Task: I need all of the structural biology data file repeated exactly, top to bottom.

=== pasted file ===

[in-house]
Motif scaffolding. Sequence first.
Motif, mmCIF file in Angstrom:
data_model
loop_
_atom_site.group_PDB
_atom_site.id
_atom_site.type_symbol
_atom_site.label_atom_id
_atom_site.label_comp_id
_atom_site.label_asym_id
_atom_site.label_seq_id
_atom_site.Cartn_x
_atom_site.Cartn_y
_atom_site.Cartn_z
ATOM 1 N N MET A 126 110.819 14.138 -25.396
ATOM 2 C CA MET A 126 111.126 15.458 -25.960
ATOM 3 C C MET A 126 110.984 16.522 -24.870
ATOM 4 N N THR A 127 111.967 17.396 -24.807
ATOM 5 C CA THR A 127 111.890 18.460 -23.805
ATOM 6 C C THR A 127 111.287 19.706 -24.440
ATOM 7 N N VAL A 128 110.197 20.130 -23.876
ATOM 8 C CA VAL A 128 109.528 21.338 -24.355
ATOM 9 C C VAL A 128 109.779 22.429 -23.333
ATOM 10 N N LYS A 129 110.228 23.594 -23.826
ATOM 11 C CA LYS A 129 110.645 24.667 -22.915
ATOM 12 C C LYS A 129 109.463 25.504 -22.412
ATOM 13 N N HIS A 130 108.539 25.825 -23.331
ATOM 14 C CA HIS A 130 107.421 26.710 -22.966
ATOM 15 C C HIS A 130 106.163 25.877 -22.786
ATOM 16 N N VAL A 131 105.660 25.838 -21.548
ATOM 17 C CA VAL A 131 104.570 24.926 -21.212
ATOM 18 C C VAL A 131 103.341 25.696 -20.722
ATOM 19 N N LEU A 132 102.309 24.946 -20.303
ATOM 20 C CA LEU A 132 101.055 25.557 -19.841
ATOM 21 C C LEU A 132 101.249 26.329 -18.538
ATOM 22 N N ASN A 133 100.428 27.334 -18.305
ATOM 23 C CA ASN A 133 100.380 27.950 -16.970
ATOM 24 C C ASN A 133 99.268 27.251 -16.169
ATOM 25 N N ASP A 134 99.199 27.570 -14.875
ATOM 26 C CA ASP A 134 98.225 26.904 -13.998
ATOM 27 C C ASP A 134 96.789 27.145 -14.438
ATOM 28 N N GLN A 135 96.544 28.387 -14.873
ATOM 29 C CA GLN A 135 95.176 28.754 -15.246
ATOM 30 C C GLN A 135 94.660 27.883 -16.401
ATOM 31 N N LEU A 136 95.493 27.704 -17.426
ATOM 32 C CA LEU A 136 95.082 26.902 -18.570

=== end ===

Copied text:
[in-house]
Motif scaffolding. Sequence first.
Motif, mmCIF file in Angstrom:
data_model
loop_
_atom_site.group_PDB
_atom_site.id
_atom_site.type_symbol
_atom_site.label_atom_id
_atom_site.label_comp_id
_atom_site.label_asym_id
_atom_site.label_seq_id
_atom_site.Cartn_x
_atom_site.Cartn_y
_atom_site.Cartn_z
ATOM 1 N N MET A 126 110.819 14.138 -25.396
ATOM 2 C CA MET A 126 111.126 15.458 -25.960
ATOM 3 C C MET A 126 110.984 16.522 -24.870
ATOM 4 N N THR A 127 111.967 17.396 -24.807
ATOM 5 C CA THR A 127 111.890 18.460 -23.805
ATOM 6 C C THR A 127 111.287 19.706 -24.440
ATOM 7 N N VAL A 128 110.197 20.130 -23.876
ATOM 8 C CA VAL A 128 109.528 21.338 -24.355
ATOM 9 C C VAL A 128 109.779 22.429 -23.333
ATOM 10 N N LYS A 129 110.228 23.594 -23.826
ATOM 11 C CA LYS A 129 110.645 24.667 -22.915
ATOM 12 C C LYS A 129 109.463 25.504 -22.412
ATOM 13 N N HIS A 130 108.539 25.825 -23.331
ATOM 14 C CA HIS A 130 107.421 26.710 -22.966
ATOM 15 C C HIS A 130 106.163 25.877 -22.786
ATOM 16 N N VAL A 131 105.660 25.838 -21.548
ATOM 17 C CA VAL A 131 104.570 24.926 -21.212
ATOM 18 C C VAL A 131 103.341 25.696 -20.722
ATOM 19 N N LEU A 132 102.309 24.946 -20.303
ATOM 20 C CA LEU A 132 101.055 25.557 -19.841
ATOM 21 C C LEU A 132 101.249 26.329 -18.538
ATOM 22 N N ASN A 133 100.428 27.334 -18.305
ATOM 23 C CA ASN A 133 100.380 27.950 -16.970
ATOM 24 C C ASN A 133 99.268 27.251 -16.169
ATOM 25 N N ASP A 134 99.199 27.570 -14.875
ATOM 26 C CA ASP A 134 98.225 26.904 -13.998
ATOM 27 C C ASP A 134 96.789 27.145 -14.438
ATOM 28 N N GLN A 135 96.544 28.387 -14.873
ATOM 29 C CA GLN A 135 95.176 28.754 -15.246
ATOM 30 C C GLN A 135 94.660 27.883 -16.401
ATOM 31 N N LEU A 136 95.493 27.704 -17.426
ATOM 32 C CA LEU A 136 95.082 26.902 -18.570